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Jagdbombergeschwader 33; Büchel, July 12, 2012

Fighter-Bombers with a Mission; Text and Photograph’s by Alex van Noye

On Thursday, July 12, 2012, a visit to Büchel Air Base was on the program. Jagdbom- bergeschwader 33 (Fighter-Bomber Squadron 33) is stationed at this airbase. This unit is currently equipped with the Tornado IDS. The Tornado’s of this unit can be used for both conventional and nuclear bombardments.

The German airbase Büchel is located near Cochem-Zell in the province of Rhineland-Phalz. Jagdbombergeschwader 33 (JBG-33) is stationed at this German airbase. Büchel is the only active German airbase which is equipped with nuclear weapons. The weapons are from the United States and are deployed here to be used by JBG-33 in the NATO context if necessary. The history of Fliegerhorst Büchel began in 1954. The airbase was founded by the French in this region in Germany after the Second World War. The French would not stay long as they had enough work to do; they had to re-build their own country after the war. Shortly after the founding of the air base, it was returned to the German authorities on June 6, 1955. Over 250 soldiers were based at the air base in 1957; also the infrastructure of the airfield was dramatically improved. In the same year, the Waffenschule der Luftwaffe 30 was created. The main task of this school is the training of arm specialists for the Luftwaffe. The trained specialists will be spread over various operational units in Germany after their training. The weapons school used various types of aircraft since 1957. These aircraft were of the type Republic F-84F Thunderstreak, Lockheed T-33 T-Bird and North American T-6 Texan. From June 1958, the weapon school was renamed to Jagdbombergeschwa- der 33 (JBG-33). Nowadays Büchel is one of the major air bases of the German air force. The weapon school is now a part of JBG-33; weapon specialists are therefore still being trained on this basis.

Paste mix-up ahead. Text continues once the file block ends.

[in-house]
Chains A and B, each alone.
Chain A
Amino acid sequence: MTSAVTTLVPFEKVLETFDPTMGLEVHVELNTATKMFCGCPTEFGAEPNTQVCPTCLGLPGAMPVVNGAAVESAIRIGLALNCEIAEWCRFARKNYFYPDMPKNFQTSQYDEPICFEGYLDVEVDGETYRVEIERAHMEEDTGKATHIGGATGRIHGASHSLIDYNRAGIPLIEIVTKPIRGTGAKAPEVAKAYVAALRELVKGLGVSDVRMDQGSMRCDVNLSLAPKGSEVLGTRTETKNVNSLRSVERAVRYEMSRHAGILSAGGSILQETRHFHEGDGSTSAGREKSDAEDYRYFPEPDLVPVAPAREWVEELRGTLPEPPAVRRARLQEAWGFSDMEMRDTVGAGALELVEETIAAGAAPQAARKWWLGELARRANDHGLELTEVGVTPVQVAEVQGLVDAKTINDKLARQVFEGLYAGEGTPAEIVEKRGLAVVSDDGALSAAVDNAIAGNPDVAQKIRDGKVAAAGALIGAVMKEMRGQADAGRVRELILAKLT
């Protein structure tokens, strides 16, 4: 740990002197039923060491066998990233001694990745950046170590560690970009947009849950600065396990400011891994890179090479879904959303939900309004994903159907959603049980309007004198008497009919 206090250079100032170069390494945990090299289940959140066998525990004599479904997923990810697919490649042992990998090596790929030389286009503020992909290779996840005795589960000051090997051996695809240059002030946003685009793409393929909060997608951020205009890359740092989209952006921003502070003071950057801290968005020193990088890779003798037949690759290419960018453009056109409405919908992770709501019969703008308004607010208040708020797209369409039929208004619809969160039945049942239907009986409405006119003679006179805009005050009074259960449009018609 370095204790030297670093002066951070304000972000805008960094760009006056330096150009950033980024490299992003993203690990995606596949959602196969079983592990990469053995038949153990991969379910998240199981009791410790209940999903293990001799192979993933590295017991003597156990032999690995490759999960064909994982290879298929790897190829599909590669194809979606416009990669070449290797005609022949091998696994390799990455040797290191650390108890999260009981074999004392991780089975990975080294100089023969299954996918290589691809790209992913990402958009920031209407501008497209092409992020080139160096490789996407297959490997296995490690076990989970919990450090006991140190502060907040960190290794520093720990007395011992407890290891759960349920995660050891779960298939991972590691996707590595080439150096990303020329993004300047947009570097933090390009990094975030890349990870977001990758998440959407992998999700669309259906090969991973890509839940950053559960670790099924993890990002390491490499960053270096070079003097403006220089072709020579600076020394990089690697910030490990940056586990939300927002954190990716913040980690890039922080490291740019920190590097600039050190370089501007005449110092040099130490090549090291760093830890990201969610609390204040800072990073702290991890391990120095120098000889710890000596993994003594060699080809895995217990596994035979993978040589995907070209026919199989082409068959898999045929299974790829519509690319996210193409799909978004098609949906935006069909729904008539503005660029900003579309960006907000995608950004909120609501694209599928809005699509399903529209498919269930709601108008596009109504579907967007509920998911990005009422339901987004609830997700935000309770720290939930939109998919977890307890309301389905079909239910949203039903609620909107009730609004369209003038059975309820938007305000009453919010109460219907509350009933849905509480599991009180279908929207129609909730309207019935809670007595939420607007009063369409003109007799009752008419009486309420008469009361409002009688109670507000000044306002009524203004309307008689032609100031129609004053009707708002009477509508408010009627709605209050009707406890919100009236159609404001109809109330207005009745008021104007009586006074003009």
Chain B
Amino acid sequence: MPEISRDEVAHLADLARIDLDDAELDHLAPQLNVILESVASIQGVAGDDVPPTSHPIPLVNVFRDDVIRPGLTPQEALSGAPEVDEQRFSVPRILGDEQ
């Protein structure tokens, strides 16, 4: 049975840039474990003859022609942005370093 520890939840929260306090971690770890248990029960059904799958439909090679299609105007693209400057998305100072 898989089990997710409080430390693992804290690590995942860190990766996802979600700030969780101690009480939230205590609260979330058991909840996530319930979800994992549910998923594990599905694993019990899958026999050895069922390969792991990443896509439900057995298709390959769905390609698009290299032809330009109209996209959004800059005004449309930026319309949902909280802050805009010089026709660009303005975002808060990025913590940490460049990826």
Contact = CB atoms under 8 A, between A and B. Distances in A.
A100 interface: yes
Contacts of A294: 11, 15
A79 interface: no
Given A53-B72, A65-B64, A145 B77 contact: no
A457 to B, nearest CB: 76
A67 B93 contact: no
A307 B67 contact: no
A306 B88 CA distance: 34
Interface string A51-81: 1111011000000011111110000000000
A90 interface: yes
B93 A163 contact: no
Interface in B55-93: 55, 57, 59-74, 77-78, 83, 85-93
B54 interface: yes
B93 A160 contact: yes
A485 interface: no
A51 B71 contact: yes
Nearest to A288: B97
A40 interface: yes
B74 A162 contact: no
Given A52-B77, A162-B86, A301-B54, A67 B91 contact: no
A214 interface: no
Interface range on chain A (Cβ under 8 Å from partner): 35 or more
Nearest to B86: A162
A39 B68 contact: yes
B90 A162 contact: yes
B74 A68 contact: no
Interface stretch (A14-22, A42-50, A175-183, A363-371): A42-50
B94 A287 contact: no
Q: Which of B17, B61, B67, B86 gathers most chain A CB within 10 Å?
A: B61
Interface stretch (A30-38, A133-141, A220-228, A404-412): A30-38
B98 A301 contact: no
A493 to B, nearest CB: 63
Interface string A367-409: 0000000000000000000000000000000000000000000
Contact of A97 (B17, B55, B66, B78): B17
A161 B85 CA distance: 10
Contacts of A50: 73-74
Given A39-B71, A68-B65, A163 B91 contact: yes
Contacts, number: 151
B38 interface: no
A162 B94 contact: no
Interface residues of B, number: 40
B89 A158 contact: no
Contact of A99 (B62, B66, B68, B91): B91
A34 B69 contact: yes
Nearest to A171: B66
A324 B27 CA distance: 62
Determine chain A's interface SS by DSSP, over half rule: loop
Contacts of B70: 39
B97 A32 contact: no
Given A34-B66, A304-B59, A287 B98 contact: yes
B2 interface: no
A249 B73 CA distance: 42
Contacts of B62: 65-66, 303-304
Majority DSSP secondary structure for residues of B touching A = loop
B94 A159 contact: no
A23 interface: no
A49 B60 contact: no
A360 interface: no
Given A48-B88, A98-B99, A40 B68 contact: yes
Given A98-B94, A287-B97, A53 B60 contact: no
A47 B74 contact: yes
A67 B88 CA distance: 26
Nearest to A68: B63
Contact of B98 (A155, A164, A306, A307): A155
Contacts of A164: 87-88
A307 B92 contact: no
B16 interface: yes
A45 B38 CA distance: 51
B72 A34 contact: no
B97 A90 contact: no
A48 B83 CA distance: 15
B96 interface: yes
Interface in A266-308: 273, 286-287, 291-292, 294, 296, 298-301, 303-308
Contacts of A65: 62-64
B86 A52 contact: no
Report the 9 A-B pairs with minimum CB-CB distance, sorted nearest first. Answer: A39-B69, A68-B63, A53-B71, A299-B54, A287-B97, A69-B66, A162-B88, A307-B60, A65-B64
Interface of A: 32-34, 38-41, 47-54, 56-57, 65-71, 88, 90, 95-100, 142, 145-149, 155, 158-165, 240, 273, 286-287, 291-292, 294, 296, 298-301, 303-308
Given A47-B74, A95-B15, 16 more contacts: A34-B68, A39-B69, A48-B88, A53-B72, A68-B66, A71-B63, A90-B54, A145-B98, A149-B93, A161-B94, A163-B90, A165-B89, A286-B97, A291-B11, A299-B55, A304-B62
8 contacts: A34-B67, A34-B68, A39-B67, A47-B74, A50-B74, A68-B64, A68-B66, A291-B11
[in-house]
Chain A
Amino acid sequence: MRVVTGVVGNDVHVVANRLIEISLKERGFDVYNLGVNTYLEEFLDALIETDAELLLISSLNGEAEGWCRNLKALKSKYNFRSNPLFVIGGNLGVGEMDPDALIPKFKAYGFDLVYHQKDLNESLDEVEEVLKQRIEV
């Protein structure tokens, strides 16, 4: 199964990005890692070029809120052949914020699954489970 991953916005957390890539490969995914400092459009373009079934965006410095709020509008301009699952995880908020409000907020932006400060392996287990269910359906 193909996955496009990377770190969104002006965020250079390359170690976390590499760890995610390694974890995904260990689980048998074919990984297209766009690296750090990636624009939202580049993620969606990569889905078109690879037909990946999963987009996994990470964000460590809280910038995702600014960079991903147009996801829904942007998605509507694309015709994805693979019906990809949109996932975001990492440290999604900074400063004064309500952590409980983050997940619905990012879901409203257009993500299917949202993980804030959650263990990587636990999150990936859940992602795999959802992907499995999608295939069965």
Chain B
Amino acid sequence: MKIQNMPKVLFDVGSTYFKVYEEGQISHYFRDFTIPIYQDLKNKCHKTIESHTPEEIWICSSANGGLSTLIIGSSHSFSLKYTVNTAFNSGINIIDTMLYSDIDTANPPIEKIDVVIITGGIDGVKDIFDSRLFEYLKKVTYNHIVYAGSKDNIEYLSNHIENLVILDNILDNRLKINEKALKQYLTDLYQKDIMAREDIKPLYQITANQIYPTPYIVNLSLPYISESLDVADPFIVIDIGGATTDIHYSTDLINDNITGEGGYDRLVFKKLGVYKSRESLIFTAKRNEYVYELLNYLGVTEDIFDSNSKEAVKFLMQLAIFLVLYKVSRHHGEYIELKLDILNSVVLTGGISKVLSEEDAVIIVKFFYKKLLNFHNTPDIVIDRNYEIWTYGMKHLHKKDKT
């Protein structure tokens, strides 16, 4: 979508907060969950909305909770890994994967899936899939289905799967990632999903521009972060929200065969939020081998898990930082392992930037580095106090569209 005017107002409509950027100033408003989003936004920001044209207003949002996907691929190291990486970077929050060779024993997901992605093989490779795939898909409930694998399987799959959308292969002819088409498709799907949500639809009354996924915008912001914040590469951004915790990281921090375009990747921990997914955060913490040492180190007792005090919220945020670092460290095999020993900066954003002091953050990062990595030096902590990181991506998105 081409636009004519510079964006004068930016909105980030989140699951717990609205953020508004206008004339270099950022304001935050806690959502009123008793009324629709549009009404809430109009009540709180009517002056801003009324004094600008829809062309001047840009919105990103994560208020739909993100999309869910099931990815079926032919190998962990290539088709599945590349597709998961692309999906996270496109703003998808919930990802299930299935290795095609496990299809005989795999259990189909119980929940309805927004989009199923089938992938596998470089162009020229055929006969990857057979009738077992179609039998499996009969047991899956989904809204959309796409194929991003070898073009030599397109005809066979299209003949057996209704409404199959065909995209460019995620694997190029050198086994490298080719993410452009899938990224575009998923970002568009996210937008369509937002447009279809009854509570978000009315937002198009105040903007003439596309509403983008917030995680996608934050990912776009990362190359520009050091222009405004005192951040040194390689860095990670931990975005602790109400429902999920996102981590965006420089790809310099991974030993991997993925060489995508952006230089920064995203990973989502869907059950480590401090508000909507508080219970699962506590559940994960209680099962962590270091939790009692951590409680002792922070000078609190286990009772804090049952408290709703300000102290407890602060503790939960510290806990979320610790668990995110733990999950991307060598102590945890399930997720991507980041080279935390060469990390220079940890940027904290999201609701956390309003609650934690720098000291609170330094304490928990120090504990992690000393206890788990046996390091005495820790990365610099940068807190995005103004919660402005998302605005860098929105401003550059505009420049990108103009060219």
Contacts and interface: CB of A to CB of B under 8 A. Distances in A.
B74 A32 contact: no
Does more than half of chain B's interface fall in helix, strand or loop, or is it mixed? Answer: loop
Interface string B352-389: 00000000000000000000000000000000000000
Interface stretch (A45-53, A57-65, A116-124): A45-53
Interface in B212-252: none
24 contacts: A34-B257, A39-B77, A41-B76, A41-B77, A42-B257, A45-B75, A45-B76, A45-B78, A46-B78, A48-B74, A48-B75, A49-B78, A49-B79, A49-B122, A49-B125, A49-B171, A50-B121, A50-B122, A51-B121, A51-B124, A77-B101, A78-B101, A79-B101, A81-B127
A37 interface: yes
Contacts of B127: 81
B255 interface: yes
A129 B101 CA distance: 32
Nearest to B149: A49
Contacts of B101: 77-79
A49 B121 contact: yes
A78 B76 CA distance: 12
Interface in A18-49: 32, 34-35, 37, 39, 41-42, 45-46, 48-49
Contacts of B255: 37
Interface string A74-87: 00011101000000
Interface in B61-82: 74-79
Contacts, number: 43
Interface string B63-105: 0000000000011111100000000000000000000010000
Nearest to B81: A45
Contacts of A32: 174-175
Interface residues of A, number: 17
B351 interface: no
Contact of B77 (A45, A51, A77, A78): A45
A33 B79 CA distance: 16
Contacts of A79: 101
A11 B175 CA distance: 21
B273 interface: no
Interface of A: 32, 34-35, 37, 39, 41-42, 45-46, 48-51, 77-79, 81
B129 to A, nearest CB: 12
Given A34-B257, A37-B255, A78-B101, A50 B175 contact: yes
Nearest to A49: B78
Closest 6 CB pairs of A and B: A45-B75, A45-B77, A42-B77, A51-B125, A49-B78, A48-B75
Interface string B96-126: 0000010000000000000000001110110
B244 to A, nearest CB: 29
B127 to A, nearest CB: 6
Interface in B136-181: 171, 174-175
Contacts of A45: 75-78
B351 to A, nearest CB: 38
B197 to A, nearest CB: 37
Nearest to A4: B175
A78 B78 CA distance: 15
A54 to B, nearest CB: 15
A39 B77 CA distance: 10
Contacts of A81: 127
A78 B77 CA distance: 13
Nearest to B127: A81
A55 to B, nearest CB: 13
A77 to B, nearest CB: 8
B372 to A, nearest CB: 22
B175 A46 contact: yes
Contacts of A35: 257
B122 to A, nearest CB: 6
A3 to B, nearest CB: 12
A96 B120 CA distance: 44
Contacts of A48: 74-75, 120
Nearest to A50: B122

JBG-33 received also an offensive role after the Waffenschule der Luftwaffe 30 was renamed to JBG-33 in 1958. JBG-33 would completely be specialized in attacking ground targets. The majority of the weapons school was moved to Fürstenfeldbruck Air Base near Munich. JBG-33 was at that moment equipped with the Republic F-84F Thunderstreak which were delivered to the Germans by the Americans as part of the Marshall Plan. The activation of JBG-33 was the rebirth of an offensive German Air

Force. Until now, the Germans were not allowed to have an offensive air force as a result of World War II. From July 1, 1958, the West German Luftwaffe belonged to the NATO. The first task of the unit was a tactical offensive task. The first deployment took place after one year in 1959; the unit was deployed to Bandirma in Turkey. The pilot barracks Brauheck were built in 1959 and are located 12 kilometers from the base. From 1961, the barracks were annexed by the city of Cochem. Cochem was the first garrison town in Germany since World War II. The first supersonic jet which would fly from Büchel was the Lockheed F-104G Starfighter. The first Starfighters entered service at JBG-33 in August 1962. The Starfighter was not an easy plane to fly. More than 300 of the almost 1,000 aircraft were crashed. The applicable nickname of the Starfighter was also known as the Widowmaker.